noise receptor journal issue no.1


issue1promonoise receptor journal issue no.1.

noise receptor ventured into the physical world via the publication of noise receptor journal issue no.1.

This new print venture constitutes the physical manifestation of the noise receptor website, but also contains new interview and art content to differentiate it from the already published web-based reviews.

Whilst noise receptor journal is not intended to replace the website, it is however targeted at an audience who values the permanence of print media over the transience of web-content.NoiseReceptorJournalNo1promospread1NoiseReceptorJournalNo1promospread2NoiseReceptorJournalNo1promospread3

Details of content and format as follows:


  • 12 page in depth interview with Trepaneringsritualen
  • 10 pages of artwork contributed by Thomas Martin Ekelund
  • 45 in depth music reviews (ambient/ industrial/ experimental / power electronics etc.)


  • A5 Format
  • Professional greyscale print
  • ‘perfect bound’ spine, with matt laminate, thick card stock cover
  • 56 pages in length
  • 1st edition: hand number and limited to 200 copies: sold out
  • 2nd edition reprint: limited to 150 copies: sold out
  • 3rd (and final) edition: limited to 150 copies: sold out

Copies are available for sale via the following site:

Orders will ordinarily ship within one day.

International distribution of copies via:


Quotes and Comments:

“I have just finished reading the excellent new magazine “Noise Receptor”. A new magazine in the arena to compliment “As Loud As Possible”, “Night Science”, “Terror”, “Special Interests” and “Turbulent Times”. “Noise Receptor” is produced by Richard Stevenson in Australia. I remember the name from when he used to edit “Spectrum” back in the 1990’s, an archive of which is still available on the Internet at – well worth a browse.  “Noise Receptor” started as a blog, but as I am not a great sitter downer at the computer and read about noise kind of guy I’ve never discovered it. I like physical product! Issue number one concentrates on Trepaneringsritualen with an in depth 10 page interview covering the concept of TxRxP and his releases as well as touching on his previous projects (Dead Letters Spell Out Dead Words) and talking about the Belaten label and distribution. The magazine also has artwork by Thomas Ekelund spread out between the pages. It is a fascinating and unputdownable read.” – Steve Cammack – Dieter Müh / MuhMur Blog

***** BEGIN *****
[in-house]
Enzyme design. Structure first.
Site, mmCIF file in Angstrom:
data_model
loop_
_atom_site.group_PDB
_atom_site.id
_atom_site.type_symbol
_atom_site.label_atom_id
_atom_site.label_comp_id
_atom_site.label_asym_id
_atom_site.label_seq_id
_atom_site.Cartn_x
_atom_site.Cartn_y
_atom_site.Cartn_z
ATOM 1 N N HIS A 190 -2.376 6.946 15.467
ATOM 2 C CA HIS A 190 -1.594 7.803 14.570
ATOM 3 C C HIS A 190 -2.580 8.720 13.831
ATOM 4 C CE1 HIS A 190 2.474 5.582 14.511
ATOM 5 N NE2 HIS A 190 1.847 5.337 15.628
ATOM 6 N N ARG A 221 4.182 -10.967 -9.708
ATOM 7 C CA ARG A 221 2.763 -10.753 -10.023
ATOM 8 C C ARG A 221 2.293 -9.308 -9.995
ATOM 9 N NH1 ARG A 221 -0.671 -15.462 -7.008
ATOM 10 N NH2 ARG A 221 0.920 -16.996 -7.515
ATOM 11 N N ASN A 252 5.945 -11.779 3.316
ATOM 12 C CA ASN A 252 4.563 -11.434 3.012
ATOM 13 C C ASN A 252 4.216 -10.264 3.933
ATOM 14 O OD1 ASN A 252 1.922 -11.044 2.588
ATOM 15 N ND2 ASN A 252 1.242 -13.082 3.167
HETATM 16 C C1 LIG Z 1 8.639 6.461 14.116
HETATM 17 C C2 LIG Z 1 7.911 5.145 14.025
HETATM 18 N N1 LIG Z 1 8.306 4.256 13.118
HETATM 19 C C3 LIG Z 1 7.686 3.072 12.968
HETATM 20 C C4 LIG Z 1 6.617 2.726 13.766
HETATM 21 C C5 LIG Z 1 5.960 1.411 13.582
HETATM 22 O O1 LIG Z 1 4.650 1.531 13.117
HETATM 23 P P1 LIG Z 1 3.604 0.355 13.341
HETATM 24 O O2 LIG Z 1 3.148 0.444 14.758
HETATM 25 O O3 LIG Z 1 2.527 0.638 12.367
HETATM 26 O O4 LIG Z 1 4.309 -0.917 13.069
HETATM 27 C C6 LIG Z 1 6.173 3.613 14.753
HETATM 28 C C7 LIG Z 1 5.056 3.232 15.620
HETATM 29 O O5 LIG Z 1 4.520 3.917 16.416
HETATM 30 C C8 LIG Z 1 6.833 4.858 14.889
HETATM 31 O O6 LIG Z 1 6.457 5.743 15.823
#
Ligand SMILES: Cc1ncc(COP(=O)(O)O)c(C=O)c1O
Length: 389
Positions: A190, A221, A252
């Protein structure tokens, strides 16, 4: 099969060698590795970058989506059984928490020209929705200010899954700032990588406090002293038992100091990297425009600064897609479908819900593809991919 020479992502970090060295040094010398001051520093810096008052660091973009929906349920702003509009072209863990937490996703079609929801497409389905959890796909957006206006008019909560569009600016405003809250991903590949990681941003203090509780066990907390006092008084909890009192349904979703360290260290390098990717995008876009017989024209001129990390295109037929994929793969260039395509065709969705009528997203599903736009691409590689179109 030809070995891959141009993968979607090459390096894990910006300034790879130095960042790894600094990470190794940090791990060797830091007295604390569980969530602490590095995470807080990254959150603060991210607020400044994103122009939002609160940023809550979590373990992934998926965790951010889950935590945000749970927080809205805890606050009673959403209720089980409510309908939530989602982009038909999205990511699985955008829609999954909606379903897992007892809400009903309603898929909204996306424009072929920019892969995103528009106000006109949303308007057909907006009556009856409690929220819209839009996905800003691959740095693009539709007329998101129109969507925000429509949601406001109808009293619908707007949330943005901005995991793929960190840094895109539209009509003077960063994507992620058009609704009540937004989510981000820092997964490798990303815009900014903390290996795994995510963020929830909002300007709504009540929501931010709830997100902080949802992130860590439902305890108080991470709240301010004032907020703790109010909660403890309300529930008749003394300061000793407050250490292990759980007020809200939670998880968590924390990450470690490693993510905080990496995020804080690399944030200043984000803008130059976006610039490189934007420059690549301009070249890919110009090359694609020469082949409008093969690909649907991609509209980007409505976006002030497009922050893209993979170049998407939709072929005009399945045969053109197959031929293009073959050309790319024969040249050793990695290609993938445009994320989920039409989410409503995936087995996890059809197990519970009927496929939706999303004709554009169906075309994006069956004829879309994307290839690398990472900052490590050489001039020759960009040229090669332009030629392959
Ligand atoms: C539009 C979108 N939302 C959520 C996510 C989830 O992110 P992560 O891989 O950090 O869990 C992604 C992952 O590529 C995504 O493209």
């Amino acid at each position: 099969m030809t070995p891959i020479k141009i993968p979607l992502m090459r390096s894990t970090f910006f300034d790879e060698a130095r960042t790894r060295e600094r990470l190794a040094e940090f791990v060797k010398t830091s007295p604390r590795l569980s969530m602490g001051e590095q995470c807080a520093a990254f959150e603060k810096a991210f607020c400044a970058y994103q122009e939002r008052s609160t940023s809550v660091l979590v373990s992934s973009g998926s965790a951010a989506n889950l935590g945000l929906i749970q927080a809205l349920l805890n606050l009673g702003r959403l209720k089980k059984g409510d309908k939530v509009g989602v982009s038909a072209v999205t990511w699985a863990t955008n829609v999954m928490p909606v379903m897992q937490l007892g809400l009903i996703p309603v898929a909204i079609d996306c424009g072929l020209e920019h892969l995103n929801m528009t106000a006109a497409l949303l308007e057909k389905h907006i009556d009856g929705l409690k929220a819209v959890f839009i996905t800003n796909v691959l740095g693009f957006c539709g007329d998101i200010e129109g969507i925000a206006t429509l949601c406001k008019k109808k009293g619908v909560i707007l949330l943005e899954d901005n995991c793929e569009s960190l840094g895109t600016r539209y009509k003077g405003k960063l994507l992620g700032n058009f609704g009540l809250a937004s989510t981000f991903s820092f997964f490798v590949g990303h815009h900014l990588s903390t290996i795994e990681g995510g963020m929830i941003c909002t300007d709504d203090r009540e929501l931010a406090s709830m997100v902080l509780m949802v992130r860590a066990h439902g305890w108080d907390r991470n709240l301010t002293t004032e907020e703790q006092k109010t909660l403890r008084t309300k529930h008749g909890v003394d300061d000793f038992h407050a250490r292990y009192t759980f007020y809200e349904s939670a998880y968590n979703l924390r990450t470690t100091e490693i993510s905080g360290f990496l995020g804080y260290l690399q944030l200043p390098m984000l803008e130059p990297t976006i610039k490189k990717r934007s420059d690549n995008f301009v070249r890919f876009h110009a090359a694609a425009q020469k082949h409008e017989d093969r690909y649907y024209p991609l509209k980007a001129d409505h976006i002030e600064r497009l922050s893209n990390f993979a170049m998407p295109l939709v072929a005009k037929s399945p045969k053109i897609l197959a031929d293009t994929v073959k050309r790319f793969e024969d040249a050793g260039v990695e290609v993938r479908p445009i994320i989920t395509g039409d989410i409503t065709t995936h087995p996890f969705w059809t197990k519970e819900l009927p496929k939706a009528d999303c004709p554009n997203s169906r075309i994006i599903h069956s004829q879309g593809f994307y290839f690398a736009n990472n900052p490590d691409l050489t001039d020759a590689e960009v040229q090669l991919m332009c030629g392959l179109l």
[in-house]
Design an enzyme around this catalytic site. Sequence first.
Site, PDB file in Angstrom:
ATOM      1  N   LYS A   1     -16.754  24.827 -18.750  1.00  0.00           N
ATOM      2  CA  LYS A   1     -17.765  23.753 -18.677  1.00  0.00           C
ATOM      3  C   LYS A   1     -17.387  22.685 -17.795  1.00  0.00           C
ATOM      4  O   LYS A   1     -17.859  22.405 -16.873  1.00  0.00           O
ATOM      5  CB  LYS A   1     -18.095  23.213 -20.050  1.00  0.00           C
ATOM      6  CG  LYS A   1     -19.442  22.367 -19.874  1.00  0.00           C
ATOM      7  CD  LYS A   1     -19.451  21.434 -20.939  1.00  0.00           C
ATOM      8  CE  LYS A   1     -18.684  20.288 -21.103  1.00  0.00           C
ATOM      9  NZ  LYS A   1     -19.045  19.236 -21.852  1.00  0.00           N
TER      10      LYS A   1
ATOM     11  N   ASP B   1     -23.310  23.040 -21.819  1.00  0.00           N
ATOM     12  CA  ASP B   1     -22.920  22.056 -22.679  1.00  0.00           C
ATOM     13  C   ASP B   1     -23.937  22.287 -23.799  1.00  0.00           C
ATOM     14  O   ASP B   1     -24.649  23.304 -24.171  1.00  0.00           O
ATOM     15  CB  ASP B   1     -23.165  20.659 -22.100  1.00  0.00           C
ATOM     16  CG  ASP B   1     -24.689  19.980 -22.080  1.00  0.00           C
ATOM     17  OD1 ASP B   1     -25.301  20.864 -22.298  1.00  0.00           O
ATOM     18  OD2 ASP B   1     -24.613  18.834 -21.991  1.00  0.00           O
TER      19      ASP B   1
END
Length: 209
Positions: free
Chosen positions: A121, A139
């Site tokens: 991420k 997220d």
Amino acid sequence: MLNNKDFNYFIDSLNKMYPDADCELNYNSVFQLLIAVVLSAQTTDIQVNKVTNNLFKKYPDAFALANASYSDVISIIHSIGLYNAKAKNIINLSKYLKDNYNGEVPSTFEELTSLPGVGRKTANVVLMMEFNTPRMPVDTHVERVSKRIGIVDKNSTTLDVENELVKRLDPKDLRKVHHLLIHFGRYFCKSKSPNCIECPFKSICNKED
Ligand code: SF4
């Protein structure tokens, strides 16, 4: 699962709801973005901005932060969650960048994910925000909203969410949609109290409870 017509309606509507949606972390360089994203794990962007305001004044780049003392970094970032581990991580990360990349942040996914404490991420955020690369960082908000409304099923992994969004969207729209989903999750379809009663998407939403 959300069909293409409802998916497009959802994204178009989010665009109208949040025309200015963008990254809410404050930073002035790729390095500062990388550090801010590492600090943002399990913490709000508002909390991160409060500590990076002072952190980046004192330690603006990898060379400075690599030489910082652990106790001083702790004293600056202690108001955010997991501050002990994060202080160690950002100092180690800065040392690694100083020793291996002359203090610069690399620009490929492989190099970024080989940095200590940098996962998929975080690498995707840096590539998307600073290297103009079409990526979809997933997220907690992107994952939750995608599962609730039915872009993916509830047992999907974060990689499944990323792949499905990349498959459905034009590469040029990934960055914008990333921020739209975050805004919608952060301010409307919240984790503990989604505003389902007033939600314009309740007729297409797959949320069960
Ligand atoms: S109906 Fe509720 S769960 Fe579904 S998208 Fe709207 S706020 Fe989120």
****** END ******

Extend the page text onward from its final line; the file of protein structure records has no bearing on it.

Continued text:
“What I enjoy about Noise Receptor in particular is the timeless nature of it. Very good complement to the blog service (which I felt didn’t really give the written content justice).” – Kristian Olsson / Alfarmania / Styggelse

“The zines look really good and the reviews are by far the best I’ve seen in a long time.  I will keep on buying & reading your magazine for sure”. – Neuropa Records

“I got Noise Receptor zines… epic stuff in handy format. I enjoy with author’s style, he artfully penetrates deep into music and knows the history… if you miss the old times when everyone feels informational hunger about good music, you know how it feels to get a nice zine in hands. Check it”.Infinite Fog Productions

“A welcome return of underground yet pro-printed magazines after the absence of the days from greats Spectrum, Degenerate, Descent, Bannanfish, Judas Kiss, Denshi Zatsuon, ND, Scraps of Paper and even early issues of Resound and catalogs from RRR, Artware, SFCR, etc . while xerox will always be the most sacred of all zines formats all print is welcome in the era of online corruption that has eroded every facet of society. Keep up the important work”. -Dominick Fernow/ Prurient / Hospital Productions

“New magazine from Richard Stevenson (he of Spectrum magazine fame), operating on a smaller scale, but maintaining the quality of workmanship and print he established in the late ’90s. This tidy, well put together ( ‘perfect bound’ spine, with matte laminate, thick card stock cover’) journal contains 56 pages of insightful, carefully worded reviews focusing mostly on the realm of dark ambient, power electronics, and death industrial, as well as a super long, in-depth review with Thomas Ekelund of Trepaneringsritualen, as well as a lot of his artwork”. – Jason Mantis/ Malignant Records

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